Trump card

Joe McNally on shoot­ing ‘The Don­ald’

NPhoto - - Front Page - Joe McNally WWW.JOEMCNALLY.COM

This is not a po­lit­i­cal col­umn, saints be praised. I talk about Group A, Chan­nel 1, and stuff like that, not the re­sults of the lat­est po­lit­i­cal polls.

But the life of a pho­tog­ra­pher is punc­tu­ated with en­coun­ters, large and small. And you make pic­tures of th­ese en­coun­ters! That’s the job. In the ’80s I pho­tographed Trump for Newsweek and Bi­den for Peo­ple. Dif­fer­ent mag­a­zines, dif­fer­ent ap­proaches. Trump was a week-long en­counter, Bi­den just a day or so. Trump was in colour, with lights and an as­sis­tant. Bi­den was by my­self, no flash, work­ing with win­dow light. I’m a gen­er­al­ist, do­ing what the job re­quires, so I was com­fort­able with both ap­proaches.

The re­cent roiled po­lit­i­cal wa­ters caused me to do a bit of an ar­chive rum­mage, which was, well, in­ter­est­ing. I think the sto­ries, and the way I had to ap­proach them, might have mir­rored the men.

Trump was all in colour, all glitz and pow­er­house ego, and I did my req­ui­site light­ing and stag­ing. Bi­den I met at the train sta­tion in Wilm­ing­ton, Delaware [where he was Sen­a­tor at the time], and we shared a Metro­liner train to his Se­nate of­fice. I shot in B&W, with avail­able light, all day. The Trump days were of­ten set-up-and-wait. With Bi­den, it was shoot and move, shoot and move, all day, my cam­era bag over my shoul­der.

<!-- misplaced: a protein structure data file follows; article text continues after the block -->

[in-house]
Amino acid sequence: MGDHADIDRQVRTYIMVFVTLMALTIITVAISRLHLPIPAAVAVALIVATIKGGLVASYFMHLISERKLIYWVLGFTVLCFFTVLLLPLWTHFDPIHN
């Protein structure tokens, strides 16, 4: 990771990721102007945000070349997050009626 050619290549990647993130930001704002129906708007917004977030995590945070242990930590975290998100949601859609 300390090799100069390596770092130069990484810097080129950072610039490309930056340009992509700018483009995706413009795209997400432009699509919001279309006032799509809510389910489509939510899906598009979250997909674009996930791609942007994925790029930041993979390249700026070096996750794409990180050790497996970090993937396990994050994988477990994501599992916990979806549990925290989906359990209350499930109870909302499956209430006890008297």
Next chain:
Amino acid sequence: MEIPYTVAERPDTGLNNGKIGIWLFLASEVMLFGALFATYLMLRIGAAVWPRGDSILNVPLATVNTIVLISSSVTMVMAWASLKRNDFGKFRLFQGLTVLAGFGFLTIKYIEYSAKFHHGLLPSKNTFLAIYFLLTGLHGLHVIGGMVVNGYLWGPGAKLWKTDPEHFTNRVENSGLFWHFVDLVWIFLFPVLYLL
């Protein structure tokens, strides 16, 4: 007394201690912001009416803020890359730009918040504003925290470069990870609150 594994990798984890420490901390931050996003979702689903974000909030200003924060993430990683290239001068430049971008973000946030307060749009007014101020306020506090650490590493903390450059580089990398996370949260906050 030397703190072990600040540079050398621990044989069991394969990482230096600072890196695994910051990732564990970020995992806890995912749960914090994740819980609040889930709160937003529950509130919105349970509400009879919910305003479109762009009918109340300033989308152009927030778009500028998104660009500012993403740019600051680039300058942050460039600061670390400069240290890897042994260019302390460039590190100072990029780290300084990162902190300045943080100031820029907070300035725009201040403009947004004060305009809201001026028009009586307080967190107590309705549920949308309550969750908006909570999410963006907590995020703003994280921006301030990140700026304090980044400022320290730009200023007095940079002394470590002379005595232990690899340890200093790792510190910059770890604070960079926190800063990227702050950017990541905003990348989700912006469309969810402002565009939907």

Trump gadded about in what he claimed at the time was the only non-mil­i­tary Puma he­li­copter in ser­vice in the world. Bi­den had, well, the Metro­liner. And some big win­dows in his of­fice, thank­fully.

Trump’s pres­i­den­tial cam­paign and win was the big, un­miss­able news story of 2016. Bi­den chose not to run for pres­i­dent. Two dif­fer­ent peo­ple, two sets of very dif­fer­ent coverage, done in very dif­fer­ent ways.

That’s the job of a pho­tog­ra­pher. You adapt. You keep your views and opin­ions to your­self and you cover the job. On those days, you sim­ply ob­serve the world you are as­signed to, and you make pic­tures. And those pic­tures stick with you, amaz­ingly. Th­ese jobs were shot in the ’80s! And here, now, I have cause to look at them again. What a won­der­ful and for­ever rel­e­vant thing we do, us pho­tog types.

Trump was all in colour, all glitz and pow­er­house ego

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